- GDPR is one of many issues a CIO has to contend with every day, another compliance standard akin to HIPAA or former Safe Harbor regulations requiring companies to "check a box," said Eric Johnson, CIO of Talend, a data integration provider, in an interview with CIO Dive. Johnson joined Talend in January, just months ahead of the looming GDPR deadline. Prior to his time at Talend, he served as the CIO of DocuSign and the SVP and CIO of Informatica.
- The difference with GDPR, however, is the regulation is more "broad and far-reaching," with compliance mandates sweeping across industries, said Johnson. The regulation will make many companies "take a good, hard look at what they're doing around people, process and technology, much more so than ever before." GDPR has the opportunity to make many organizations more efficient, with increased security and better scale.
- But reaching full compliance by May poses a real challenge, a deadline many organizations cannot meet. Without attention to people and process, most organizations will not reach compliance. "This is a big change management challenge that CIOs are up against," Johnson said. "The technology is absolutely going to be a part of the conversation ... but more CIOs are going to fail at this because they can't get the change management process piece of this working correctly."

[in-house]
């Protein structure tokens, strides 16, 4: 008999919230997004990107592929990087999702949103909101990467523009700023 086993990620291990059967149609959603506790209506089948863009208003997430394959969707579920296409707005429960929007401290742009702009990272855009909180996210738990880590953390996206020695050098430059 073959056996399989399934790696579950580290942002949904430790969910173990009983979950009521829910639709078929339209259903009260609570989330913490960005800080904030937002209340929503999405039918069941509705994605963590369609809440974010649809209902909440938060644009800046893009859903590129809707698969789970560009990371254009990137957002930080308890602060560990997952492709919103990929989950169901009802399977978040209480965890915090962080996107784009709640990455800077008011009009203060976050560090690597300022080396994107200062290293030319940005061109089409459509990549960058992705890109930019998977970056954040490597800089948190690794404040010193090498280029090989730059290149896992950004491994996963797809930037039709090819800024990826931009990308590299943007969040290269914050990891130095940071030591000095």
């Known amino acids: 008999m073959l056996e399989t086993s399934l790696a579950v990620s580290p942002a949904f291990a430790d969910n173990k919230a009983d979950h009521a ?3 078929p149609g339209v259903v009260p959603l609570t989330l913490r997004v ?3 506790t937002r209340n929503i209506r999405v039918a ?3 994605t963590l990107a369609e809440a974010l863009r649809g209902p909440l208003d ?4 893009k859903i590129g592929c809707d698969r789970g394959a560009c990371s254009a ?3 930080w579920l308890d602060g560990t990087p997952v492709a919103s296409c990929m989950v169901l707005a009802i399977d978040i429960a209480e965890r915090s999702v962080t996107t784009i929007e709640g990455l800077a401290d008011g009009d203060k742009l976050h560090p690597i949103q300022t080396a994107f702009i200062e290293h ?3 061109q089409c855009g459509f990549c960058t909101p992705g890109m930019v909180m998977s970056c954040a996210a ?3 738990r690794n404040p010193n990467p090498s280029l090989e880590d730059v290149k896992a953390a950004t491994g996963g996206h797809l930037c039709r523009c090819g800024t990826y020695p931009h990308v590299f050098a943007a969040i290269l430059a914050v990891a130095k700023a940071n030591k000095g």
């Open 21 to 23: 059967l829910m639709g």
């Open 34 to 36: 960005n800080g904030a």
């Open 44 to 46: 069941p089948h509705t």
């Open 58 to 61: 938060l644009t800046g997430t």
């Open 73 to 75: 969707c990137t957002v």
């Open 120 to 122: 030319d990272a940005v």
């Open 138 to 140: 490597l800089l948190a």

Underlying some of the complexity associated with GDPR is the attitude in the U.S. toward data and privacy. "We sort of err on the side of open and free," said Johnson. Users are accustomed to platforms like Gmail, for example, readily accepting that their data is in the public domain.
But the benefits of free and intuitive services outweigh potential privacy concerns, paving the way for companies to leverage personal information and sell it to marketers.
GDPR is forcing companies in the U.S. to revisit previously accepted standard, with organizations looking to Europe's "high water mark" for privacy, according to Johnson. While many U.S. CIOs face a steep learning curve, and a potentially painful compliance process, organizations have to rethink the well-engrained default setting for data use.
Marketing, for example, uses data to drive leads and pipelines, said Johnson. If the ability to ingest and manage data becomes constricted, organizations are going to have to get creative about core processes. A symbiotic system, new approaches to handling data will likely give rise to an ecosystem of third-party organizations that can contract with companies for data management services.
Some industries, such as media and retail, are particularly vulnerable to falling behind on GDPR compliance. But other sectors, technology in particular, have led compliance efforts, setting an example for companies in other industries. For example, Box as a technology vendor had to focus on its GDPR compliance efforts early on.
Other organizations are also looking to bring in leaders like data protection officers, which can hone compliance details and ready companies for regulation deadlines.